Last year's Iowa Lottery sales fell 7.4 percent from July 1, 2013 to June 30, a drop officials attributed Tuesday to a rough winter that altered customers' buying habits and fewer extremely high jackpots that drive up sales.
The results show overall lottery sales declined to $314 million from $339.3 million the year before, which was the highest total in the lottery's 28 years. Scratch-off tickets, the biggest income generator, fell 6.7 percent to nearly $189 million.
Powerball sales fell nearly 25 percent to $61.2 million from $81.4 million the year before, a drop lottery spokeswoman Mary Neubauer attributed to the fact that the game reached jackpots above $300 million just three times during the year. It had climbed above that threshold four times in fiscal 2013, including the game's largest jackpot of $590.5 million in May 2013.
"In a particular year when a jackpot in a game climbs high repeatedly, then obviously sales will follow the jackpot up and it's going to be a very strong year for that game," she said. "In this particular year the Powerball jackpot didn't get to those really high levels as many times as it had the year before ... and you can never predict these things."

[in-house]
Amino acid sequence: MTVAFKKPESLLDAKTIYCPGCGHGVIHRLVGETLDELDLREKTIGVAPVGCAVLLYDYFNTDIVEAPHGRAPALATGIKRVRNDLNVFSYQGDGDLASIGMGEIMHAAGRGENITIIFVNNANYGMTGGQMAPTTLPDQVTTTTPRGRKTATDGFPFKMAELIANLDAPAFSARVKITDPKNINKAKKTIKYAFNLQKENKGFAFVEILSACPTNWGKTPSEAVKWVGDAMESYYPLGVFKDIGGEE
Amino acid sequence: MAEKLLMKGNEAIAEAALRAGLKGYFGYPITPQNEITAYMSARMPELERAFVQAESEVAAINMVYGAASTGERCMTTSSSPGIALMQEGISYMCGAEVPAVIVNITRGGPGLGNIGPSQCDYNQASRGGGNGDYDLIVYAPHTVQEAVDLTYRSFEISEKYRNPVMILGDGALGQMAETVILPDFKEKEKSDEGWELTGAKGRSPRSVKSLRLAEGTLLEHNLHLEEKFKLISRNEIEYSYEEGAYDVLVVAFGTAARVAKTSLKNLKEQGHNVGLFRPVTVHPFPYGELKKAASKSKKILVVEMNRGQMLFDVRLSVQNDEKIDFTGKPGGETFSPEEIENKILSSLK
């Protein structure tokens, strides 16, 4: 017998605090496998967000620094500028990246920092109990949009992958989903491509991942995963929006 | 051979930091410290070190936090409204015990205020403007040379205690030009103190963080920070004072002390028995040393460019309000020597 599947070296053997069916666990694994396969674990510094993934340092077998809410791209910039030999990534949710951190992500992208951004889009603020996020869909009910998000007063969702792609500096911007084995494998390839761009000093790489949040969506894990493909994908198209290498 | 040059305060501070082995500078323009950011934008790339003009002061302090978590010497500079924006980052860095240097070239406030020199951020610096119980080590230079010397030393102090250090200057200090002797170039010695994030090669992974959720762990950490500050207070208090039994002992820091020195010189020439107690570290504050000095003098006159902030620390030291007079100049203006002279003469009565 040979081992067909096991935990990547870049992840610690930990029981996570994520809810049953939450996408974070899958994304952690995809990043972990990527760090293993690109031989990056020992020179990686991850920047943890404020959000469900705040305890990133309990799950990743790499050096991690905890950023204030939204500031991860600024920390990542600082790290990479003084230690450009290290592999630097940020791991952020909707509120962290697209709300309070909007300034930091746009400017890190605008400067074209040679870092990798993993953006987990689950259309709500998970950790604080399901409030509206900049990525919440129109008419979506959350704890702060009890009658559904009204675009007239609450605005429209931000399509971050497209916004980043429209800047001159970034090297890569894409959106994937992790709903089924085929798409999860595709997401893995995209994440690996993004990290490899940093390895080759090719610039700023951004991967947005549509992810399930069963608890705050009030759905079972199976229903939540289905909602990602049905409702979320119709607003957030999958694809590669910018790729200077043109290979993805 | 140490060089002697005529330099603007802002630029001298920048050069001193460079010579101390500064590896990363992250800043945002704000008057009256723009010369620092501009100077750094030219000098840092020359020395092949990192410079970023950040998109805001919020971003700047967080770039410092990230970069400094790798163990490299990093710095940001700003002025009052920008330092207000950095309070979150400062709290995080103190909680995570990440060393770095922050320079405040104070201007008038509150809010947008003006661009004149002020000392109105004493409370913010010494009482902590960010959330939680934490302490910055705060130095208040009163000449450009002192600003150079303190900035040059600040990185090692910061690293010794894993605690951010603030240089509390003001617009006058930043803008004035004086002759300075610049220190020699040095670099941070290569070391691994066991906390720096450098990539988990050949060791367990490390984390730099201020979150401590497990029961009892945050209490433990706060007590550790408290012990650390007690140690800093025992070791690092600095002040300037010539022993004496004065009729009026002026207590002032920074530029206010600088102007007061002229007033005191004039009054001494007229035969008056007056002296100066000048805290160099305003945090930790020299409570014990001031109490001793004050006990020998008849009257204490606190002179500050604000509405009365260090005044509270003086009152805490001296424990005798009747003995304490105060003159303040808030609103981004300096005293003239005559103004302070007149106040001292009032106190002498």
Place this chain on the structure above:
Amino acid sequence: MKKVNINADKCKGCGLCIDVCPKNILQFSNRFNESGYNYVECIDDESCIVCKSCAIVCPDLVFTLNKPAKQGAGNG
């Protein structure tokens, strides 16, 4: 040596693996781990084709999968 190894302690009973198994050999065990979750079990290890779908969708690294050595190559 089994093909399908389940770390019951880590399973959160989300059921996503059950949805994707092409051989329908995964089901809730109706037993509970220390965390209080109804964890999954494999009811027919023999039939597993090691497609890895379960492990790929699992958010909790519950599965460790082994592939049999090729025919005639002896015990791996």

Lottery CEO Terry Rich attributed some of the sales decline to a harsh winter with repeated blizzards and frigid temperatures keeping potential buyers at home. When people aren't in their normal routines, they don't make their usual purchases, including lottery tickets, he said in a statement.
The Mega Millions lottery game sales climbed nearly 64 percent to $21.8 million.
Neubauer said the game's jackpot surpassed the $100 million mark four times — reaching $636 million in December 2013 and $400 million on March 18. In fiscal 2013, Mega Millions surpassed $100 million twice and never topped $190 million.
A Powerball ticket costs $2 while Mega Millions is $1 for a play.
Sales also fell for pull-tab tickets, Hot Lotto and Iowa's $100,000 Cash Game but rose slightly for the Pick 3 and Pick 4 games.
The lottery paid out $186.9 million in prizes and gave nearly $74 million to the state, down from $85 million in fiscal 2013. Most of the money goes to the state general fund, which covers budgeted expenses including education. Another $1.8 million was raised for the Iowa Veterans Trust Fund.
Iowa businesses received $20.1 million in commissions from the lottery for selling its products during the year. The state's leading lottery retailers are two Hy-Vee grocery stores in Cedar Rapids that sold over $900,000 in tickets at each store. A Kum & Go convenience store in Fort Dodge is third with more than $707,000 in sales, while Hy-Vee stores in Des Moines and Waterloo rounded out the top 5.